When America is finally ready to reckon with the phenomenon that was Sarah Palin, I suspect we will discover that whatever she represents actually had less to do with her gender, class, or ideology than we now believe. It’s easy to look at the soon-to-be-former governor of Alaska as an iconic feminist, a path-breaking working mother, or noble rabble-rousing populist. But when the dust settles, the lesson may be that she was simply a woman who made no sense. Her meteoric rise and dubious fall will say less about America than you think, beyond the fact that America likes its politicians to communicate their ideas clearly. We will someday come to realize that while it’s all well and good to be mavericky with one’s policies, it’s never smart to be mavericky with one’s message.
Whatever you may think of Sarah Palin, she’s widely celebrated as a rare and perhaps raw political talent. She’s gorgeous, charismatic, warm, and funny. She has a remarkable ability to connect with her listeners. But—with the exception of a well-scripted performance at the Republican National Convention—it’s tough to find an extemporaneous Palin speech, statement, or tweet that contains a coherent message. From her acceptance speech last August in Dayton, Ohio, when McCain first tapped her as a running mate, to her circular and swooping prime-time interviews, Palin’s political skill lies in selling a persona but not a message. And in the end, this may explain why she quit.
Palin’s completely inscrutable resignation speech last week was only the most recent example of a lengthy political communication from her that explained nothing, clarified nothing, and expounded upon nothing, save for the fact that she speaks in riddles and koans. Watch it as many times as you like; you still come away feeling you’ve been treated to a cozy chat with the Mad Hatter. The media are bad. Those ethics complaints are expensive. Alaska was a great idea. She is not a dead fish. Put it all together and what do you get? A born fighter who has given us no sense whatsoever of what she’s fighting for.
Had Palin simply quit without giving a press conference, there might have been a lesson in this exercise. Feminists would be free to say there are double standards for women, and conservatives could argue she was too visionary for her time. But Palin’s act of explaining her resignation to us in a torrent of unconnected sentence fragments left everyone wondering, What was the point of Sarah Palin? If she cannot even communicate a simple idea (“I’m quitting because …”), why should we care that she’s quitting?
That’s why the strangest part of the Sarah Palin saga will always be her loathing of the media. She never failed to remind us that she didn’t like being “filtered.” She only wanted to talk directly to us, her listeners. Yet the reason Sarah Palin continues to have any kind of political force at all in this country is because of the media “filter.” The media helped refine and define her Dada statements and arguments into something that briefly sounded like a coherent worldview. Yesterday morning, Gov. Palin excoriated Andrea Mitchell for “not listening to me” in an NBC interview. You have to go back and watch the clip before you can apprehend that Mitchell was indeed listening. It was Palin who was speaking in half-expressed thoughts and internal contradictions.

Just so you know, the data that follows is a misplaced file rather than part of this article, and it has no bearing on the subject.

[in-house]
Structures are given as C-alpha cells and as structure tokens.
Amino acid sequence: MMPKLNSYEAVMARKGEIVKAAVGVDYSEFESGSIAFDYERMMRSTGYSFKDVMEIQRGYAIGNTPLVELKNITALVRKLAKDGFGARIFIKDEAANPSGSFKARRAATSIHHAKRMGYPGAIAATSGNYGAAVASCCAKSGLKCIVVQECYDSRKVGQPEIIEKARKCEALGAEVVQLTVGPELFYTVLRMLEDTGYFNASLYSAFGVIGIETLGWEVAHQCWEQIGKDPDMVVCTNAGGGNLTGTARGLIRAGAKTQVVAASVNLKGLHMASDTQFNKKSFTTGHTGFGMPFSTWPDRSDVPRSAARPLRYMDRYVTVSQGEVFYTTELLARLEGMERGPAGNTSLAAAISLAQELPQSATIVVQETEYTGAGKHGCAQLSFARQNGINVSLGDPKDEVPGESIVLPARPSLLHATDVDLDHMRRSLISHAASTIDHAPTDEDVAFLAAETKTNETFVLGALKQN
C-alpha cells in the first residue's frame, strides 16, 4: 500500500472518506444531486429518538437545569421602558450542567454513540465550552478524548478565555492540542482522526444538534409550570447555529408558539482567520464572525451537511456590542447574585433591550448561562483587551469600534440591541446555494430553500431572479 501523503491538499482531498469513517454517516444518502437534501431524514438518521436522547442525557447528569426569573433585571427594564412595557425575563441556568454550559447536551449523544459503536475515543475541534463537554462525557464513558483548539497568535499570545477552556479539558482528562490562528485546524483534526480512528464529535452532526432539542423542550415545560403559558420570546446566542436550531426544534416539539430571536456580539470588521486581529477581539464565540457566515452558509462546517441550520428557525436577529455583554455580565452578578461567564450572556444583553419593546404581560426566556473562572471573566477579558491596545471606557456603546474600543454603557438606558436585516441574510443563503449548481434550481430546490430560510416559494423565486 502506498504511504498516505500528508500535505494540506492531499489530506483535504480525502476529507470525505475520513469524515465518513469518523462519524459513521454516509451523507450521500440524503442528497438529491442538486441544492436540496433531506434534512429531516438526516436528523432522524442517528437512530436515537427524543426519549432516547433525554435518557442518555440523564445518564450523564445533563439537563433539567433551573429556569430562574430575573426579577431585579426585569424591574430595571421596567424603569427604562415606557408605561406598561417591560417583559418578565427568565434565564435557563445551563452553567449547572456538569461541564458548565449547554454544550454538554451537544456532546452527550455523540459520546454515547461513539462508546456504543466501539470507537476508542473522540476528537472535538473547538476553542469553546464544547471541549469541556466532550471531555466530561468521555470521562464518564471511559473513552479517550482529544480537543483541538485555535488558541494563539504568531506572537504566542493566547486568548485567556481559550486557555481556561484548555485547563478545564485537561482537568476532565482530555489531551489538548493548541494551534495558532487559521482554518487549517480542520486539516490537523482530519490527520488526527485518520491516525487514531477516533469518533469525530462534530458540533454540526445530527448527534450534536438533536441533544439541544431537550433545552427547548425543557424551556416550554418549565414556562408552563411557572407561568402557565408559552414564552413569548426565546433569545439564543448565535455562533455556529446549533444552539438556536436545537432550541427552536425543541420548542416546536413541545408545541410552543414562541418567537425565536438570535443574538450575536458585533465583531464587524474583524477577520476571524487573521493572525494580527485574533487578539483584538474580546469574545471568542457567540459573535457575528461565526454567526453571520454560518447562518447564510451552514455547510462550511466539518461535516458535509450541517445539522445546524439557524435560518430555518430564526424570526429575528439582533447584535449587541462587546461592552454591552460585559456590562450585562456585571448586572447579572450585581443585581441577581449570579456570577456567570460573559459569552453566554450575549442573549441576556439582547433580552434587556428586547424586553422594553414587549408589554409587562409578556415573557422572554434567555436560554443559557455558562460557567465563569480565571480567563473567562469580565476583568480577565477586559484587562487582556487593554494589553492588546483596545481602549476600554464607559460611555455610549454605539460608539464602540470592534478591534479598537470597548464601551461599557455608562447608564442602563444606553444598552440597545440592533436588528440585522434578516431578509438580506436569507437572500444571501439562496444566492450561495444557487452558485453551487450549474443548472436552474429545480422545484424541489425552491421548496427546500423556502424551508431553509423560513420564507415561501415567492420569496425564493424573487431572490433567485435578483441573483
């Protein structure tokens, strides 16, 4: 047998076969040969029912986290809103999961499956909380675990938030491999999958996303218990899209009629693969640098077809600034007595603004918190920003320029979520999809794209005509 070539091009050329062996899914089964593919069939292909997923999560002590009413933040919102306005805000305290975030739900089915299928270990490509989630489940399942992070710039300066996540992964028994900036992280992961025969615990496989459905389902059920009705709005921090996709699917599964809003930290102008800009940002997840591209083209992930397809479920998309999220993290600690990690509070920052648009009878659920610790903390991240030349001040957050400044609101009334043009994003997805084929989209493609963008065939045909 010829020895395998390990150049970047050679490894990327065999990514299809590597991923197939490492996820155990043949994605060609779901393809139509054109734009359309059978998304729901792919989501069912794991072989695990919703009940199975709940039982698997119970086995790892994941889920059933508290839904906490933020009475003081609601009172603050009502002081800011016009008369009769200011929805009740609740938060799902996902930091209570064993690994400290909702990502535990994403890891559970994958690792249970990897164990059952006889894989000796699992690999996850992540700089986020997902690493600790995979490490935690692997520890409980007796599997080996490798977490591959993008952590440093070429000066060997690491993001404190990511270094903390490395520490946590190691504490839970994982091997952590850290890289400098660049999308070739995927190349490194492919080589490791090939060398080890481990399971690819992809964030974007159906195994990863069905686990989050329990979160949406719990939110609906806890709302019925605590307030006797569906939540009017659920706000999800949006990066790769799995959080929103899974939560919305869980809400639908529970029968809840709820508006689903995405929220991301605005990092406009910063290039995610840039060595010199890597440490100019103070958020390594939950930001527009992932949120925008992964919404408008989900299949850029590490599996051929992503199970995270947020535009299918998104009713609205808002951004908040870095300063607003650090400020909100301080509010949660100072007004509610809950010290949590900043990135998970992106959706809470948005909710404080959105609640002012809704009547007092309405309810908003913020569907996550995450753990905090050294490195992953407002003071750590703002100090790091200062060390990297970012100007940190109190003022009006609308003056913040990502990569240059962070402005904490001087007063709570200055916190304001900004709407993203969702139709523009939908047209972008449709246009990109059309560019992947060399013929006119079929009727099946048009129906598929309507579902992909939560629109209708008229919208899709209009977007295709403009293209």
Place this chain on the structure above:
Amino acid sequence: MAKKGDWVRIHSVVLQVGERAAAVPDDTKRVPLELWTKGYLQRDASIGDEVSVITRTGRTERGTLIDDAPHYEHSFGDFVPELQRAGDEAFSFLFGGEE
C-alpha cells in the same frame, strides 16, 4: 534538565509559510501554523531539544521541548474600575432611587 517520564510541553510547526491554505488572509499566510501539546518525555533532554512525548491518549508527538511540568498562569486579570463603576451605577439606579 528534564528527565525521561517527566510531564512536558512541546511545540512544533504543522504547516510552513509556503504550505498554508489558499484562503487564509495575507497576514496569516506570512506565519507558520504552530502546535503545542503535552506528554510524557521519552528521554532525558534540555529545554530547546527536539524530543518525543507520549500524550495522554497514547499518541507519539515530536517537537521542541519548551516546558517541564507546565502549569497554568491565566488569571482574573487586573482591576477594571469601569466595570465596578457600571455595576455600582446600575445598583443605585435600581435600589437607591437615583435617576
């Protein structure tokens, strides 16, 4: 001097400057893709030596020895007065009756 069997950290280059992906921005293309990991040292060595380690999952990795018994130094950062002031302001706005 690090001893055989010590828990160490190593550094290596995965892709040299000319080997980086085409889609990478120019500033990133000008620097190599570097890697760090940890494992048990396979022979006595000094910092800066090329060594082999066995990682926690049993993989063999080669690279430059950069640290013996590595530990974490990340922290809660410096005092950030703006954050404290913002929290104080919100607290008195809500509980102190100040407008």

It’s too easy to characterize Sarah Palin as an irrational bundle of bristling grievance. But I think it’s more complicated than her simple love for playing the victim all the time. If you think of Palin as someone who never felt herself to be fully heard or understood, not truly politically realized in the eyes of the American public, her rage toward the country, the media, and those of us who fail to love and understand her is easier to comprehend. Think of an American visiting France who believes that if he just speaks louder, he will be speaking French. Palin has done everything in her power to explain herself to us, and still we fail to appreciate what she is all about. I’d be frustrated, too, if I thought I was offering up straight talk and nobody was getting the message. Especially if I held a degree in communications.
Once you understand that Palin’s only actual message is the importance of loving and understanding Palin, it becomes easier to understand why she quit. The more Palin tries to explain herself, the more we all fail to get her. Every time she goes off script, she makes less sense. No wonder she didn’t want to do debate prep or be coached by the McCain communications team. Instead of thanking those who packaged, explained, and spun her, Palin resents them. And because she believes she has been crystal clear all along, she’s come to resent us, too. The enduring political lesson of Sarah Palin may simply be that for most of her political career she’s been lost in translation, without fully appreciating that only in translation was she ever, briefly found.